The Telegraph
Since 1st March, 1999
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Post strike threat over couriers

New Delhi, Nov. 21: Another postal strike looms large over the country with more than 20,000 employees scheduled to march to the Prime Minister’s house next Thursday to oppose the corporatisation of the department and offering of licence to courier companies.

The National Federation of Postal Employees and the Federation of National Postal Organisation will submit a memorandum to Atal Bihari Vajpayee with signatures of more than two crore people opposing the corporatisation of the department.

“We have made our presentation before the parliamentary standing committee that is currently examining the Indian Post Office Act Amendment 1898 to allow courier service to work on a par with the postal department. But we feel that if a Bill is introduced to this effect, then the postal department and its employees will suffer,” said C. Chandran Pillai, secretary-general of the National Federation of Postal Employees.

“The move was opposed by us when the government had tried to corporatise the postal department. If that had been allowed, many employees would have lost their jobs. The government’s decision to introduce the Bill will not help the department in any way,” he added.

Industry organisations, however, say that instead of a Bill to further amend the Indian Post Office Act of 1898, it should have been a Bill to replace the Act.

While recognising the existence and operation of the courier industry, which has grown without government help or regulation, the Bill seeks to bring the courier companies on a par with the postal department. “The grant, denial, suspension and revocation of such registration being at the sole direction of the incumbent operator —that is the postal department — makes the need for an independent postal regulator more critical,” an industry observer said.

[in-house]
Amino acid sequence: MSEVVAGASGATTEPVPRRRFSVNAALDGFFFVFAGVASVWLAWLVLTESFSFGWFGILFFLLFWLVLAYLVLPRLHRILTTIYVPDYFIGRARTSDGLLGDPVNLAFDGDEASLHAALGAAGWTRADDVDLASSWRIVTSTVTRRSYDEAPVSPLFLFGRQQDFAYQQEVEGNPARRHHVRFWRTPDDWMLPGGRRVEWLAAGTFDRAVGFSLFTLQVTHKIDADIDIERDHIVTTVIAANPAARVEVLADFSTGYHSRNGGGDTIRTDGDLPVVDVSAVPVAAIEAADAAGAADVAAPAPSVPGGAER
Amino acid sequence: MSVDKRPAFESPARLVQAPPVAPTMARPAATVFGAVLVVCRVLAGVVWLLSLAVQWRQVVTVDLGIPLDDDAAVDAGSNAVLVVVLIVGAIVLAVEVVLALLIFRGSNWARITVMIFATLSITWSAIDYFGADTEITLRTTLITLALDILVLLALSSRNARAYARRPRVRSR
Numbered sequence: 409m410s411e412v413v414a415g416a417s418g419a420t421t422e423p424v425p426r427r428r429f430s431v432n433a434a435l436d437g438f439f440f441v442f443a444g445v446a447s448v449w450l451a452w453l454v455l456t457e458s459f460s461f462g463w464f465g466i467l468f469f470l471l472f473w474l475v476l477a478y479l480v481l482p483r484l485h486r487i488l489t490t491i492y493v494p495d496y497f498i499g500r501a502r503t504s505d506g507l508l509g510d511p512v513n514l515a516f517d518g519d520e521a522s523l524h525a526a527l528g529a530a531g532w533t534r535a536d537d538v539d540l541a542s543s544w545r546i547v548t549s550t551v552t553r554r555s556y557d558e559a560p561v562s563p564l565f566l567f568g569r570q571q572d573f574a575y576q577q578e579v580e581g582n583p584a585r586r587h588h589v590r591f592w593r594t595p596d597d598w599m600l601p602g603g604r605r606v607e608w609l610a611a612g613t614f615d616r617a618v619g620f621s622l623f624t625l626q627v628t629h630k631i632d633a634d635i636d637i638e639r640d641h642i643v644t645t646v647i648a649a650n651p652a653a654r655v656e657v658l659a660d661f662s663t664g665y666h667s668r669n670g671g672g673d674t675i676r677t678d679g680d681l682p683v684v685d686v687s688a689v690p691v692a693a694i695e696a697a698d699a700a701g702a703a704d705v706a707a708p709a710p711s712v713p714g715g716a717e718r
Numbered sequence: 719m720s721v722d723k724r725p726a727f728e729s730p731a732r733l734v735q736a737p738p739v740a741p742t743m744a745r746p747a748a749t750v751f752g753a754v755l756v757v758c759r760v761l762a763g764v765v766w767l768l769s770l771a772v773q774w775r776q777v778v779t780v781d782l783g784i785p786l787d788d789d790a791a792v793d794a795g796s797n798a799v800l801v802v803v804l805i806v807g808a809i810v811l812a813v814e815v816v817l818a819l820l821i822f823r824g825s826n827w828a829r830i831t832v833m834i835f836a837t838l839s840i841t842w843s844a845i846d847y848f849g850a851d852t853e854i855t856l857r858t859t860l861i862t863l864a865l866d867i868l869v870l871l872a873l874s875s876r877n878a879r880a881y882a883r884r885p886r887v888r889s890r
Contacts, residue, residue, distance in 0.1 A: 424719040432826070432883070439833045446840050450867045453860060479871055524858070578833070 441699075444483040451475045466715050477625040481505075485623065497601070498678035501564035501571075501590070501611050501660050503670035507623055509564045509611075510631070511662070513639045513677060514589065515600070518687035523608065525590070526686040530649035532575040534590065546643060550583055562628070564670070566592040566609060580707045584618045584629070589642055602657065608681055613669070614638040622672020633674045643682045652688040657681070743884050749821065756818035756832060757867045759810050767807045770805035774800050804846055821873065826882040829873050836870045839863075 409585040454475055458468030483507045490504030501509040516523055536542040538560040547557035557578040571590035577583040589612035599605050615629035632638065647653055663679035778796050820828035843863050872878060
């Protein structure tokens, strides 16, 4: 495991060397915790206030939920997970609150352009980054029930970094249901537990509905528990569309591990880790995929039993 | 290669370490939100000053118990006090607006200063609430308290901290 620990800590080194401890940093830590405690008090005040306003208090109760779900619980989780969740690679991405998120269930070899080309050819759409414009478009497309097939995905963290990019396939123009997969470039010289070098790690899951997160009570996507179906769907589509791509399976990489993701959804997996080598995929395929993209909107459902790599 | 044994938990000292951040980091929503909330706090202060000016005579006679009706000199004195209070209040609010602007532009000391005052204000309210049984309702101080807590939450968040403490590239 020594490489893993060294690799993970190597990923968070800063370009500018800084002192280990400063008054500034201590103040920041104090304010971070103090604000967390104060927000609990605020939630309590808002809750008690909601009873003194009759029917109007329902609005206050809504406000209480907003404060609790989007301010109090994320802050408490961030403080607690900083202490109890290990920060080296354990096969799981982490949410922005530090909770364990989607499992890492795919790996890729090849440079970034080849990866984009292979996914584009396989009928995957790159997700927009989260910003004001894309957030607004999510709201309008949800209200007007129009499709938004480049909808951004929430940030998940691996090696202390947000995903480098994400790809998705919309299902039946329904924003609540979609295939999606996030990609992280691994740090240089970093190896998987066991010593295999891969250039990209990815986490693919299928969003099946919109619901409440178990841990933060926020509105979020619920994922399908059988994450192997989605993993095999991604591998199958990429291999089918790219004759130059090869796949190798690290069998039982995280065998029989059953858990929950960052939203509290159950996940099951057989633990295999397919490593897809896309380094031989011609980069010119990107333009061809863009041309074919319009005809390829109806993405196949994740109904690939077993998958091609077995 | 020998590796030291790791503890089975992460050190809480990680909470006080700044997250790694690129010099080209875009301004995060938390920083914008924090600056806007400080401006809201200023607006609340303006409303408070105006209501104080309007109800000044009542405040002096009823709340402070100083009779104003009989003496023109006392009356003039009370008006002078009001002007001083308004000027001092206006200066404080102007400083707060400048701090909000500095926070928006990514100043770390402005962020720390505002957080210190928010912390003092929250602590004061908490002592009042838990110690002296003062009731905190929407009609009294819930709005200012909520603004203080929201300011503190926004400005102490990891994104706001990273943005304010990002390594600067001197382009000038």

The issue is likely to hot up in the next few days with industry chambers and postal unions also preparing a list of issues that will determine their existence and their future prospects.

Earlier this year, the Cabinet had decided to impose a licence fee on the Rs 2,900-crore courier industry. The fee is yet to be spelt out but is said to have the potential to trigger a massive shake-up in the industry, which has about 2,300 players who have to survive on sliver-thin margins. Industry forecasts a 20 per cent growth in the sector this year, but the fee could upset all calculations.

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